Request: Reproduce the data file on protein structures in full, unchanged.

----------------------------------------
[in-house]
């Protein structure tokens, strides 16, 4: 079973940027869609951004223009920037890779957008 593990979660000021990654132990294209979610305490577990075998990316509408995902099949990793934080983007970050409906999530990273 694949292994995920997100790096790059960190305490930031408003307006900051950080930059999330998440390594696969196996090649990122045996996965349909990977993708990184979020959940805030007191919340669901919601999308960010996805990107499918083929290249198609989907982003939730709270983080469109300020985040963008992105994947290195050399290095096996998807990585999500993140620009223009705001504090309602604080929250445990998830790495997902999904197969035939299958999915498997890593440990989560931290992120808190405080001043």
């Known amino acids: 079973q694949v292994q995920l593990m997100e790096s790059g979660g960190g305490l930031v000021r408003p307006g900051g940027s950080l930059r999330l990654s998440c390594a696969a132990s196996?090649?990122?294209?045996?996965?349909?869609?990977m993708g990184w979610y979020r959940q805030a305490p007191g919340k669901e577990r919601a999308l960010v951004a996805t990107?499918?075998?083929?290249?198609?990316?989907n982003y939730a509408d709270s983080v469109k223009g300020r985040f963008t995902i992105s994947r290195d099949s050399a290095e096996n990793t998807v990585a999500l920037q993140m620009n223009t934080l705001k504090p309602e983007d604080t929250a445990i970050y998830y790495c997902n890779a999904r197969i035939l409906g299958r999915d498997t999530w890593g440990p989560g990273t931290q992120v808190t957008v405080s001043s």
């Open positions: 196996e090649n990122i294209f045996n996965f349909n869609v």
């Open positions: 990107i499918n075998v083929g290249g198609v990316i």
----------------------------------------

[in-house]
């Protein structure tokens, strides 16, 4: 079973940027869609951004223009920037890779957008 593990979660000021990654132990294209979610305490577990075998990316509408995902099949990793934080983007970050409906999530990273 694949292994995920997100790096790059960190305490930031408003307006900051950080930059999330998440390594696969196996090649990122045996996965349909990977993708990184979020959940805030007191919340669901919601999308960010996805990107499918083929290249198609989907982003939730709270983080469109300020985040963008992105994947290195050399290095096996998807990585999500993140620009223009705001504090309602604080929250445990998830790495997902999904197969035939299958999915498997890593440990989560931290992120808190405080001043």
């Known amino acids: 079973q694949v292994q995920l593990m997100e790096s790059g979660g960190g305490l930031v000021r408003p307006g900051g940027s950080l930059r999330l990654s998440c390594a696969a132990s196996?090649?990122?294209?045996?996965?349909?869609?990977m993708g990184w979610y979020r959940q805030a305490p007191g919340k669901e577990r919601a999308l960010v951004a996805t990107?499918?075998?083929?290249?198609?990316?989907n982003y939730a509408d709270s983080v469109k223009g300020r985040f963008t995902i992105s994947r290195d099949s050399a290095e096996n990793t998807v990585a999500l920037q993140m620009n223009t934080l705001k504090p309602e983007d604080t929250a445990i970050y998830y790495c997902n890779a999904r197969i035939l409906g299958r999915d498997t999530w890593g440990p989560g990273t931290q992120v808190t957008v405080s001043s």
């Open positions: 196996e090649n990122i294209f045996n996965f349909n869609v």
């Open positions: 990107i499918n075998v083929g290249g198609v990316i």